Monday, April 14, 2008
Magnetitus of the Mountain Mine
Last Tuesday, April 7th, Josh, Maya and I went on a trip to find an old abandoned iron mine rumored to be in the area near Penland. Following Jeff Supplee's (he's a geologist potter who has done a lot of work with making glazes with locally sourced materials, i.e. rocks) directions we drove north on route 19 and stopped at the gas station in Cranberry to inquire about this iron mine. We saw this sign which we took as a good omen of the mine's proximity. We followed the simple directions and within the hour we found ourselves looking into a hole in the earth.
Thanks be to Josh Copus for providing these photos of our prospecting.
A word about why we undertook this trek: the focus of this class as well as the mentality of the teachers and assistants is that going out in your back yard to find your materials is A) pretty awesome and B) old school. A lot of potters can go their whole lives using commercially/industrially procured materials, which is fine if that's what they're into. I don't mean to be preachy or holier than thou, I'm just getting excited about the prospects of using materials that are locally specific. It is an aesthetic choice as much as it is decision to make everything harder, ie dig clay, find the right rocks, process wood ash, etc.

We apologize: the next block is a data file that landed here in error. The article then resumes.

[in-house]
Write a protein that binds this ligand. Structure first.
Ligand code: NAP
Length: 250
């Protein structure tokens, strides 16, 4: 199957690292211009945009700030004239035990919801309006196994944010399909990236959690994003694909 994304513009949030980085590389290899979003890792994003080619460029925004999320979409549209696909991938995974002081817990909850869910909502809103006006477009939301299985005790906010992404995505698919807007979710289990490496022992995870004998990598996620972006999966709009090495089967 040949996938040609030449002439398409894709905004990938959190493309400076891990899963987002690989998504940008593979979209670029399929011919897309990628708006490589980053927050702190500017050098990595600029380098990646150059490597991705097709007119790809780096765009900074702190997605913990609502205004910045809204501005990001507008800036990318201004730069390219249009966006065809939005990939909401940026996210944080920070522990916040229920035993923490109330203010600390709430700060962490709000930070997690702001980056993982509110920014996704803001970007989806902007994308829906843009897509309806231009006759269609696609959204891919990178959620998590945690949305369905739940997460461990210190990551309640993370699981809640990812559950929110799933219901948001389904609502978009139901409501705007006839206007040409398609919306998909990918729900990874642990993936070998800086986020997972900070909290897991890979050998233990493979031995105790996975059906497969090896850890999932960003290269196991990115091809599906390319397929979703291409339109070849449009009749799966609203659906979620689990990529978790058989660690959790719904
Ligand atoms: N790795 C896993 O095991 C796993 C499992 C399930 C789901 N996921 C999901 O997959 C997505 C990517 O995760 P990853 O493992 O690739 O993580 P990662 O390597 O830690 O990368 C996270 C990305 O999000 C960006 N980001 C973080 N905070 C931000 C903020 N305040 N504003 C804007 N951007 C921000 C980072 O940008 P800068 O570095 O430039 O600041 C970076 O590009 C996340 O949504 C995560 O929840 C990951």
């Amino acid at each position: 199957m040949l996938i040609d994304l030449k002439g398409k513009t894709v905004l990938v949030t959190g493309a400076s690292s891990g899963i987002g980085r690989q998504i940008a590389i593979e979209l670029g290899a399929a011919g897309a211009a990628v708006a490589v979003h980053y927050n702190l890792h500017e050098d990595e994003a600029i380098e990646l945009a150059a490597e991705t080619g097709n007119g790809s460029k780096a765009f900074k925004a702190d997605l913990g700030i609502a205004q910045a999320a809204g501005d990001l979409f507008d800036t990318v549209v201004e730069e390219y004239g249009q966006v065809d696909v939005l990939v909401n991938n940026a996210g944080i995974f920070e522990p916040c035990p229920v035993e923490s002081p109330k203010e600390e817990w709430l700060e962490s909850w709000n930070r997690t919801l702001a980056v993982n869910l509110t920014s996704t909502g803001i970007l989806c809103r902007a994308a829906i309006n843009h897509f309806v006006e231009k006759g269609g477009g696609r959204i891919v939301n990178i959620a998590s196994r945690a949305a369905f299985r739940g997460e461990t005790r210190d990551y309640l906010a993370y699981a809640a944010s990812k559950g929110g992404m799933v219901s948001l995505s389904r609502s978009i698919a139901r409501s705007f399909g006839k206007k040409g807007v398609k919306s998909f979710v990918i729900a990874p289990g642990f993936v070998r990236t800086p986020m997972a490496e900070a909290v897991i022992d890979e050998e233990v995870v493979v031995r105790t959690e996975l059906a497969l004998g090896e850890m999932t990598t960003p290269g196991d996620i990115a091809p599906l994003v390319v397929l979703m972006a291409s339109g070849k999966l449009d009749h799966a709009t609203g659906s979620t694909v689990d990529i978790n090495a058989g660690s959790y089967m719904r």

Now, about this mine: iron is a very common metal oxide in the potter's pallet. We use iron in glazes to get certain colors, or in clay bodies to give them a certain color for contrast. This mine is known to have a certain iron oxide called magnetite or ferrous ferric oxide or Fe3O4; it is not a common iron oxide for potters and it's kinda hard to find, but we hope to use it as a pigment for decoration on the surface of the pots. The coolest thing about this trip and the coolest thing about magnetite is that as the name would suggest it is magnetic. To figure out which piece of rock in the mine was truly magnetite we brought with us a couple of magnets to hunt for the right rocks. Whatever stuck to the magnet we threw in a sack to haul back to Penland (that stuff is heavy). We found places in the mine were whole sections of wall would hold the magnet, just like a refrigerator.
The mine itself was pretty awesome, apparently it goes a couple of miles into the earth although we only explored the very mouth having forgot flashlights.
These are some of the larger rocks we brought back. It's hard to make out, but you can see the magnet we used stuck to the hunk of magnetite.
Here's Maya and myself holding up a chunk of the day's find.